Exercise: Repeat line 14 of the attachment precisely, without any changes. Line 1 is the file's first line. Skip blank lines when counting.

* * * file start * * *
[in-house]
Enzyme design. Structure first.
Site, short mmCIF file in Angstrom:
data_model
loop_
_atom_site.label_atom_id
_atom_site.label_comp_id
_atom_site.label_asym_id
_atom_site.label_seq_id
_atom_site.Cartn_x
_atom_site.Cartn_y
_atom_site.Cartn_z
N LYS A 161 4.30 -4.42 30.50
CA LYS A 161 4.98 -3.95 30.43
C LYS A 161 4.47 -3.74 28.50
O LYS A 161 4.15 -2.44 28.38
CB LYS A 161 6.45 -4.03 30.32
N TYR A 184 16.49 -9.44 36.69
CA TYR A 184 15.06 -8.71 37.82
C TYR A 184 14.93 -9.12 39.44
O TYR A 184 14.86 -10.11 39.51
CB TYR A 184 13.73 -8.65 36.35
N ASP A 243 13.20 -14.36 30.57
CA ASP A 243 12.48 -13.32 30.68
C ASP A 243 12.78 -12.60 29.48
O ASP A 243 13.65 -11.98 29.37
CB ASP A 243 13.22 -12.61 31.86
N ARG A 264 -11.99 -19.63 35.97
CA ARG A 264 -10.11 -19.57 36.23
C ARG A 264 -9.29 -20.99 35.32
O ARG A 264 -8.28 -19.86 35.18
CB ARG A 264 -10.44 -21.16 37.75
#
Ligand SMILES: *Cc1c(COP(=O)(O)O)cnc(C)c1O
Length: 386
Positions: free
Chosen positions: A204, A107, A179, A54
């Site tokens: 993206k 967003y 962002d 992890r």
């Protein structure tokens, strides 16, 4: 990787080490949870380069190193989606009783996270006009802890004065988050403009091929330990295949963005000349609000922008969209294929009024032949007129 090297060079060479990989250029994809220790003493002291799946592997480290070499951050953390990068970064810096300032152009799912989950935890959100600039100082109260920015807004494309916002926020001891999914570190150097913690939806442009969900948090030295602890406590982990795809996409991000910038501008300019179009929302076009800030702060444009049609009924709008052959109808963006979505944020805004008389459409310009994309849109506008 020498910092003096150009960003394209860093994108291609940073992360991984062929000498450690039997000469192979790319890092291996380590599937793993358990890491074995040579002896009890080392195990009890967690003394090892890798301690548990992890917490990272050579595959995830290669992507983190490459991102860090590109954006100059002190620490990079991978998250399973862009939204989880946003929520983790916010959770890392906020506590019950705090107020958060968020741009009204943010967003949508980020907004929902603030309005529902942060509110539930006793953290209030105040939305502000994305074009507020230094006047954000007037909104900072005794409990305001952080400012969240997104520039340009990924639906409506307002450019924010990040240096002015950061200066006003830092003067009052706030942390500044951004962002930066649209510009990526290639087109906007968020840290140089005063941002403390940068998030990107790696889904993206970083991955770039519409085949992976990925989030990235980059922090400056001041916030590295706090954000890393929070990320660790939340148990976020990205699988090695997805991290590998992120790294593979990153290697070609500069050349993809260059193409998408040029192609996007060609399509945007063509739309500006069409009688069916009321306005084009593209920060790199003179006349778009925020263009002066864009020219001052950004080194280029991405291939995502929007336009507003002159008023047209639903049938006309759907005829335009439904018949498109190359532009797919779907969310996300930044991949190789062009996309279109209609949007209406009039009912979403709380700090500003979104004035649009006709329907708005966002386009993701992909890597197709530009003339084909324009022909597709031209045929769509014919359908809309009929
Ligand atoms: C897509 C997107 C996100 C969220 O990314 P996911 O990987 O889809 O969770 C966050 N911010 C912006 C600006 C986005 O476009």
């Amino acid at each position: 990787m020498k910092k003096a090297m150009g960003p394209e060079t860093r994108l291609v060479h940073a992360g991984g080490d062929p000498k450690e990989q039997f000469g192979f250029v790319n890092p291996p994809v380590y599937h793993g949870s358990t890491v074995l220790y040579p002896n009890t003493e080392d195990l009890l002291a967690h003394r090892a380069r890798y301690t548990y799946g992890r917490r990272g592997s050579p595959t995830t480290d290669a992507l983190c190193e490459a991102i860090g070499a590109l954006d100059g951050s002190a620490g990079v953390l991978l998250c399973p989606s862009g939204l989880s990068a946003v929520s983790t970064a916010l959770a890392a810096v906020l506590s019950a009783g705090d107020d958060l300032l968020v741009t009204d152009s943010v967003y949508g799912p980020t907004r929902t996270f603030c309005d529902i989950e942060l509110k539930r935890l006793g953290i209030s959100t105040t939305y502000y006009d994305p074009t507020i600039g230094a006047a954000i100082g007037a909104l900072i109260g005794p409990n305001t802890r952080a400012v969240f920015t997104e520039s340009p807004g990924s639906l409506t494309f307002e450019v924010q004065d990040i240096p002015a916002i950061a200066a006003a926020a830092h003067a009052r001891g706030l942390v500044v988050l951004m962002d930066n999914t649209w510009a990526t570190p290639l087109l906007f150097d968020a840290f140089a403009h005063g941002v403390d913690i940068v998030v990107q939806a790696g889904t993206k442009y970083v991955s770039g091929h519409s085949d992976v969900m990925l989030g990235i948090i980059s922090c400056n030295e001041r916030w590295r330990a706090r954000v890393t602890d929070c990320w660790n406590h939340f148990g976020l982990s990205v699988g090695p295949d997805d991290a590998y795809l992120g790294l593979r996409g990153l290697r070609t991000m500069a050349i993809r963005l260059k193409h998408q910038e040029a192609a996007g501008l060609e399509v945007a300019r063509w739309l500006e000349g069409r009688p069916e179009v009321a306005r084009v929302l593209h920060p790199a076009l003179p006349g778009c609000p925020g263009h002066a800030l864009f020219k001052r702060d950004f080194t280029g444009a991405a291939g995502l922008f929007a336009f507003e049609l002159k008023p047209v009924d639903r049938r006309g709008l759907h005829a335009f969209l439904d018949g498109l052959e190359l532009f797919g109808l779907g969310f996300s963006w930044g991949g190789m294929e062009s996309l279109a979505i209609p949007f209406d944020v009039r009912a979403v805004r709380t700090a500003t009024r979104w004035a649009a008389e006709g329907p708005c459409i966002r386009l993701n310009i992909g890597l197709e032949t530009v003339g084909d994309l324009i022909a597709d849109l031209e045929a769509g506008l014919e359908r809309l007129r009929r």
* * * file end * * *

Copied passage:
CA LYS A 161 4.98 -3.95 30.43